It's pretty likely that The To Do List will hold a place in cult comedy round-ups for years to come, and that as many people will love it as loathe it. It's one of those just barely over-the-top summer ensemble pieces near custom built for derision, a sort of Wet Hot American Summer-type affair with a cast pulled from every TV show on a comedy geek's short list of favorites. Nearly everything about it sounds awesome: Aubrey Plaza unlocks the lead actress achievement, it's a lady-centric sex comedy about a smart girl taking control of her own shit, and, again, the cast boasts a solid line-up of characters. It sounded like a near sure thing. Plaza's character Brandy Klark is the tightly-wound 1993 high school valedictorian. After being taunted for her virgin status during graduation, Brandy rips her old list of goals from her tropical trapper keeper and, aided by her trampy older sister (Rachel Bilson), maps out a new summer plan of sexual exploration. Before going to college, Brandy hopes to have tried her hand at everything from hand jobs to dry humping to full on intercourse (with the town stud, of course). Like the nature of her to-do list itself, though, Brandy's story is somehow better on paper than it is in practice.
The To Do List kicks things off with a tremendous amount of promise. One of its great strengths is its attentiveness to evoking a near constant 90s nostalgia via its mise en scene. The tour of Brandy's 1993 bedroom in the opening credits (set to "Me So Horny") is fabulously out of date, and the genuine disinterest in taking on the story post-internet works heartily to the story's advantage. This is a time of scrunchies, crop tops, and Jason Priestley posters - not of Snapchat, Tumblr, or any degree of sexting. Everything has to be done the "old fashioned" way, and in scrawling out a hand written list of foreign sounding challenges ("Teabagging. Must be British?") without access to the wide, frightening world of internet porn, Brandy has her work beyond cut out for her. This is the concept that makes the movie funny at its best moments, but also part of its downfall. The To Do List is repetitive and relies too heavily on a concept instead of actually writing enough jokes for its run-time. The way it pans out is basically like so: Brandy writes the list, Brandy works on executing the list, we watch Brandy stumble through it. If you start to imagine how awkward one sexual act is in your average teen comedy, think about how old it could get watching a film where the premise is an unending series of that same fumbling.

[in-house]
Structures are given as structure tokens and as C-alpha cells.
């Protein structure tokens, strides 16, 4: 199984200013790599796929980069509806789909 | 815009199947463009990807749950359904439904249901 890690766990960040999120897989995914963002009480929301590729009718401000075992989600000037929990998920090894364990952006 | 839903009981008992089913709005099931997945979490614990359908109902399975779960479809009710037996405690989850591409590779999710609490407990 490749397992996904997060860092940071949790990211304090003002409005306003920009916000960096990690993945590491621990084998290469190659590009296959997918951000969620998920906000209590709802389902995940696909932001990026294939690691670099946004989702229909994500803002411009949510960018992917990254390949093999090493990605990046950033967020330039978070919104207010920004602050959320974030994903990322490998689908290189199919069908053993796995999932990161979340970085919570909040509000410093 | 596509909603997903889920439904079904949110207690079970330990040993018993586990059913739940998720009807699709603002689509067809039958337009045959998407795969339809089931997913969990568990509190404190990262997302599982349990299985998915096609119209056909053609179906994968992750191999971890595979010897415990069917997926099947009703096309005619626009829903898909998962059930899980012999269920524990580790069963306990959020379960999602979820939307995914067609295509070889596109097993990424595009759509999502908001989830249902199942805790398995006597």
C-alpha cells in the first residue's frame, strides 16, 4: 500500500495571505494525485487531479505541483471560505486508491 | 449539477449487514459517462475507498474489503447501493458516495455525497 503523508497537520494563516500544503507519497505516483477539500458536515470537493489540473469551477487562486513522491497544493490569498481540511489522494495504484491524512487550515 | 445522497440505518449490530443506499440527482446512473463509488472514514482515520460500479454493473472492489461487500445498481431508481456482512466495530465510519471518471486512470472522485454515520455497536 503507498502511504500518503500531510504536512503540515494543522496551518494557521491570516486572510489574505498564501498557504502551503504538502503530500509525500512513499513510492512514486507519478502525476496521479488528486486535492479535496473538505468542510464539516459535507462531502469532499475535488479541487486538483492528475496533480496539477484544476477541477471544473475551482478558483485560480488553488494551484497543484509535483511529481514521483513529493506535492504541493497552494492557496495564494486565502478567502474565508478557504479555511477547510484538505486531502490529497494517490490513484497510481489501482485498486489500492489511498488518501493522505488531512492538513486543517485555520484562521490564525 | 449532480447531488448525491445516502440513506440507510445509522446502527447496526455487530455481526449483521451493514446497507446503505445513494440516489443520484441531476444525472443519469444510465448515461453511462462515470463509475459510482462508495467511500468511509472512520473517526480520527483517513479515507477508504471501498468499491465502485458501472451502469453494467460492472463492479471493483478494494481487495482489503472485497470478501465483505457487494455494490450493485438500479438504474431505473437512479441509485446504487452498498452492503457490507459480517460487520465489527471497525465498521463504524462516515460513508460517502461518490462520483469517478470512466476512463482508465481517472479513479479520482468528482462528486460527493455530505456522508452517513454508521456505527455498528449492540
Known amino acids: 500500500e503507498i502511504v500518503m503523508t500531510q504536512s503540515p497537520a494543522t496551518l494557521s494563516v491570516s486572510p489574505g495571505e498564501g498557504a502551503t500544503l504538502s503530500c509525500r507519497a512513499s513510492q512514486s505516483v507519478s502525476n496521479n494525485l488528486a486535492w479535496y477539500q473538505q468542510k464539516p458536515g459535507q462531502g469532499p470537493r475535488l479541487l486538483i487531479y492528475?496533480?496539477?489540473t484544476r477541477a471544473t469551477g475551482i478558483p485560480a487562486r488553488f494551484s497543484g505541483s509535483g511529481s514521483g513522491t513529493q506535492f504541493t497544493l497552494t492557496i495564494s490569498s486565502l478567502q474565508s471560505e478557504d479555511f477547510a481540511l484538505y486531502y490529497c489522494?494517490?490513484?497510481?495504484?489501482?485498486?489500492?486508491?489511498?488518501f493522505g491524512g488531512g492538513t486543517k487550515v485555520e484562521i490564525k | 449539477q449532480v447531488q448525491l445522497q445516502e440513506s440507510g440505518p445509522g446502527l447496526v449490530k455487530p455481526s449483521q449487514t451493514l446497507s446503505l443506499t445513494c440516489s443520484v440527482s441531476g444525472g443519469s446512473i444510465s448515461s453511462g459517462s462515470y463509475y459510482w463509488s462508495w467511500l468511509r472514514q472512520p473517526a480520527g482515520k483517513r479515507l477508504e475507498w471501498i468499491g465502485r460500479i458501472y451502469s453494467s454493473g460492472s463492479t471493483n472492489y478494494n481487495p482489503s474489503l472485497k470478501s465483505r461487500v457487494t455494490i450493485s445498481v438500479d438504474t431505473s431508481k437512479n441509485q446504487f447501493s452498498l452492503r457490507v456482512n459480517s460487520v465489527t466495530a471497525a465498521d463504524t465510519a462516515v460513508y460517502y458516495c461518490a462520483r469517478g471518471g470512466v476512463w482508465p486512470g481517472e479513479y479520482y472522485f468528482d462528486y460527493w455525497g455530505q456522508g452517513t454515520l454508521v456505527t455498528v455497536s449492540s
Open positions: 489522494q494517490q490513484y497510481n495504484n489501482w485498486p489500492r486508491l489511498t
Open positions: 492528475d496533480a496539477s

To an extent: it is funny. More often than not, there's something quaint and charming about The To Do List. Amid all the graphic conversation, off-color sex jokes, and bodily functions, the movie manages to fall on the side of too cute in ways that can't be explained. All well and fine, but the cuteness clashes with some immediacy against the movie's desperate need to push its gross-out, bodily humor to a place where it's more shocking or repulsive than funny. There's some nasty ass business in this sex comedy. Like, a pool scene that steps into Pink Flamingos/Divine territory with zeal. The moods are so extreme that the jokes and story just can't keep up, and the whole thing seems trapped in this place where it's trying to prove something it shouldn't have to. Frankly, it'd be a better, smarter movie if it played out with a character more like the live-action Daria Plaza played so effectively in the short for College Humor.
Which brings us to a sad truth: Plaza isn't that great as Brandy. While she steps away from the deadpan box of Parks and Recreation and wears the gawky teen guise well, she's a bit rigid and there's something in her eyes that belies crucial aspects of her character. When she needs to look more naive, when we need to feel some sort of empathy for her, we can't. The reason why she works so well playing April on TV is exactly why she doesn't quite hit the mark with Brandy: she looks like she's in control when she shouldn't, like she's smirking when she's meant to be embarrassed. A secondary problem is, of course, that the writing doesn't really allow Brandy to have as much dimension as she should. The awkward, proud nerd we meet early in the film doesn't come across as the risk taker Brandy is quickly established as being, and the further she gets into her list, the more unbelievably stupid her behavior becomes. She's an uneven character in an uneven film, and though there's much that's entertaining throughout, The To Do List just doesn't meet its goals.